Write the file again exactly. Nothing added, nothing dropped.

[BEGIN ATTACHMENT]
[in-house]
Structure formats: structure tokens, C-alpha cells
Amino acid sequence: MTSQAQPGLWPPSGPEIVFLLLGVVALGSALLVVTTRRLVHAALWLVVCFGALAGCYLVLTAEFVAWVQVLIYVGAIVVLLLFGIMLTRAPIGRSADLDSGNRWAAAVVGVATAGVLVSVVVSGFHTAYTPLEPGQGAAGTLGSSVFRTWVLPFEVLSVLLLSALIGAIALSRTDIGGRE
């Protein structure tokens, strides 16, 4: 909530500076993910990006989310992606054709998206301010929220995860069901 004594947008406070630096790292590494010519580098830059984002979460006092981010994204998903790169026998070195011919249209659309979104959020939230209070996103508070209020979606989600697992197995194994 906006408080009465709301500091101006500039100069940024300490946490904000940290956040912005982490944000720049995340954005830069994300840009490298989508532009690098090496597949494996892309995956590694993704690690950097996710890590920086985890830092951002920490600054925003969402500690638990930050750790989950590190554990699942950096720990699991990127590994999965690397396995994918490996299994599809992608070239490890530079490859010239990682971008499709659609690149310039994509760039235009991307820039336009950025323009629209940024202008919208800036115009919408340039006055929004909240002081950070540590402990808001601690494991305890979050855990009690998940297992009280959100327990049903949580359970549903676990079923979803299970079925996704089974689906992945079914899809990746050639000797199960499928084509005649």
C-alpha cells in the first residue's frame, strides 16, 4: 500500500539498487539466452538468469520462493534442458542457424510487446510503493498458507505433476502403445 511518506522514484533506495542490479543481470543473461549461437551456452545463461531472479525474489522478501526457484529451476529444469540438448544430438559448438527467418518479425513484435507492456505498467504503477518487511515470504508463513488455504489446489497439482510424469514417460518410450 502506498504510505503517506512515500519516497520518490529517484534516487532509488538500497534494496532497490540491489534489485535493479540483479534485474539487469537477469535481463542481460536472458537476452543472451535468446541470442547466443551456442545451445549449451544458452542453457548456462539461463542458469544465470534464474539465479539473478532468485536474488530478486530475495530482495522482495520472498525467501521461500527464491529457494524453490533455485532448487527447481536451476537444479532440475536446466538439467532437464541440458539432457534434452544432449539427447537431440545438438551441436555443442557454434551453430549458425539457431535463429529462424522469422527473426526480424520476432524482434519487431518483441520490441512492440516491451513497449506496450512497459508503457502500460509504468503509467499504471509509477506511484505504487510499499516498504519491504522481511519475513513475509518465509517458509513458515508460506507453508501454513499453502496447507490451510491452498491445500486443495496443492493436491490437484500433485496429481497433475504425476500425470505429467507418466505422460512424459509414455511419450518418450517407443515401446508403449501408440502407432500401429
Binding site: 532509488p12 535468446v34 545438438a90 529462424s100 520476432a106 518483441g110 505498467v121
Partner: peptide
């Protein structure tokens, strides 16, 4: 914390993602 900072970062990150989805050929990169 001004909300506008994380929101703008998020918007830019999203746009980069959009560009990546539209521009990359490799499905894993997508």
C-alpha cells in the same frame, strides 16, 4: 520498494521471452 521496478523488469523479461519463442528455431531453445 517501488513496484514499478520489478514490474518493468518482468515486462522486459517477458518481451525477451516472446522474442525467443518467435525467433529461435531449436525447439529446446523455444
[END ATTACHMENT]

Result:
[in-house]
Structure formats: structure tokens, C-alpha cells
Amino acid sequence: MTSQAQPGLWPPSGPEIVFLLLGVVALGSALLVVTTRRLVHAALWLVVCFGALAGCYLVLTAEFVAWVQVLIYVGAIVVLLLFGIMLTRAPIGRSADLDSGNRWAAAVVGVATAGVLVSVVVSGFHTAYTPLEPGQGAAGTLGSSVFRTWVLPFEVLSVLLLSALIGAIALSRTDIGGRE
């Protein structure tokens, strides 16, 4: 909530500076993910990006989310992606054709998206301010929220995860069901 004594947008406070630096790292590494010519580098830059984002979460006092981010994204998903790169026998070195011919249209659309979104959020939230209070996103508070209020979606989600697992197995194994 906006408080009465709301500091101006500039100069940024300490946490904000940290956040912005982490944000720049995340954005830069994300840009490298989508532009690098090496597949494996892309995956590694993704690690950097996710890590920086985890830092951002920490600054925003969402500690638990930050750790989950590190554990699942950096720990699991990127590994999965690397396995994918490996299994599809992608070239490890530079490859010239990682971008499709659609690149310039994509760039235009991307820039336009950025323009629209940024202008919208800036115009919408340039006055929004909240002081950070540590402990808001601690494991305890979050855990009690998940297992009280959100327990049903949580359970549903676990079923979803299970079925996704089974689906992945079914899809990746050639000797199960499928084509005649």
C-alpha cells in the first residue's frame, strides 16, 4: 500500500539498487539466452538468469520462493534442458542457424510487446510503493498458507505433476502403445 511518506522514484533506495542490479543481470543473461549461437551456452545463461531472479525474489522478501526457484529451476529444469540438448544430438559448438527467418518479425513484435507492456505498467504503477518487511515470504508463513488455504489446489497439482510424469514417460518410450 502506498504510505503517506512515500519516497520518490529517484534516487532509488538500497534494496532497490540491489534489485535493479540483479534485474539487469537477469535481463542481460536472458537476452543472451535468446541470442547466443551456442545451445549449451544458452542453457548456462539461463542458469544465470534464474539465479539473478532468485536474488530478486530475495530482495522482495520472498525467501521461500527464491529457494524453490533455485532448487527447481536451476537444479532440475536446466538439467532437464541440458539432457534434452544432449539427447537431440545438438551441436555443442557454434551453430549458425539457431535463429529462424522469422527473426526480424520476432524482434519487431518483441520490441512492440516491451513497449506496450512497459508503457502500460509504468503509467499504471509509477506511484505504487510499499516498504519491504522481511519475513513475509518465509517458509513458515508460506507453508501454513499453502496447507490451510491452498491445500486443495496443492493436491490437484500433485496429481497433475504425476500425470505429467507418466505422460512424459509414455511419450518418450517407443515401446508403449501408440502407432500401429
Binding site: 532509488p12 535468446v34 545438438a90 529462424s100 520476432a106 518483441g110 505498467v121
Partner: peptide
């Protein structure tokens, strides 16, 4: 914390993602 900072970062990150989805050929990169 001004909300506008994380929101703008998020918007830019999203746009980069959009560009990546539209521009990359490799499905894993997508």
C-alpha cells in the same frame, strides 16, 4: 520498494521471452 521496478523488469523479461519463442528455431531453445 517501488513496484514499478520489478514490474518493468518482468515486462522486459517477458518481451525477451516472446522474442525467443518467435525467433529461435531449436525447439529446446523455444